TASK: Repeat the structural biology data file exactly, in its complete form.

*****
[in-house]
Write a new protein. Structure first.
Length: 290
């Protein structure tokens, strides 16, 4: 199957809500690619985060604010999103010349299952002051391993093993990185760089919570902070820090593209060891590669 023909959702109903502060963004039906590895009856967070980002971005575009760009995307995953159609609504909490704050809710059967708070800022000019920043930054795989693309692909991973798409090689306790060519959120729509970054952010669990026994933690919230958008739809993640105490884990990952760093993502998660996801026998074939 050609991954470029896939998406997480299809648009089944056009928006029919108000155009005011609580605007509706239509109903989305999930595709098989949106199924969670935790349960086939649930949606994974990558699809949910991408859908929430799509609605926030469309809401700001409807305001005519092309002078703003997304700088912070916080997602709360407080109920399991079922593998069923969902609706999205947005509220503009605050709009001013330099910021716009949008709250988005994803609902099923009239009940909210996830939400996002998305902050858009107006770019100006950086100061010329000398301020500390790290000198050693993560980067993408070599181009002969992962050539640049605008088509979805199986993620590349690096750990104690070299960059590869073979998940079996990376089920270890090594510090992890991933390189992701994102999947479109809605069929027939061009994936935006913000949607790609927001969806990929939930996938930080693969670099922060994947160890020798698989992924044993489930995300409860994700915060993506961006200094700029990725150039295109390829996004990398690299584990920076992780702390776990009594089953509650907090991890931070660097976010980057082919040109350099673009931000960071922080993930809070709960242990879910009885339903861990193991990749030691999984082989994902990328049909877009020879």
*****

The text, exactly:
[in-house]
Write a new protein. Structure first.
Length: 290
């Protein structure tokens, strides 16, 4: 199957809500690619985060604010999103010349299952002051391993093993990185760089919570902070820090593209060891590669 023909959702109903502060963004039906590895009856967070980002971005575009760009995307995953159609609504909490704050809710059967708070800022000019920043930054795989693309692909991973798409090689306790060519959120729509970054952010669990026994933690919230958008739809993640105490884990990952760093993502998660996801026998074939 050609991954470029896939998406997480299809648009089944056009928006029919108000155009005011609580605007509706239509109903989305999930595709098989949106199924969670935790349960086939649930949606994974990558699809949910991408859908929430799509609605926030469309809401700001409807305001005519092309002078703003997304700088912070916080997602709360407080109920399991079922593998069923969902609706999205947005509220503009605050709009001013330099910021716009949008709250988005994803609902099923009239009940909210996830939400996002998305902050858009107006770019100006950086100061010329000398301020500390790290000198050693993560980067993408070599181009002969992962050539640049605008088509979805199986993620590349690096750990104690070299960059590869073979998940079996990376089920270890090594510090992890991933390189992701994102999947479109809605069929027939061009994936935006913000949607790609927001969806990929939930996938930080693969670099922060994947160890020798698989992924044993489930995300409860994700915060993506961006200094700029990725150039295109390829996004990398690299584990920076992780702390776990009594089953509650907090991890931070660097976010980057082919040109350099673009931000960071922080993930809070709960242990879910009885339903861990193991990749030691999984082989994902990328049909877009020879």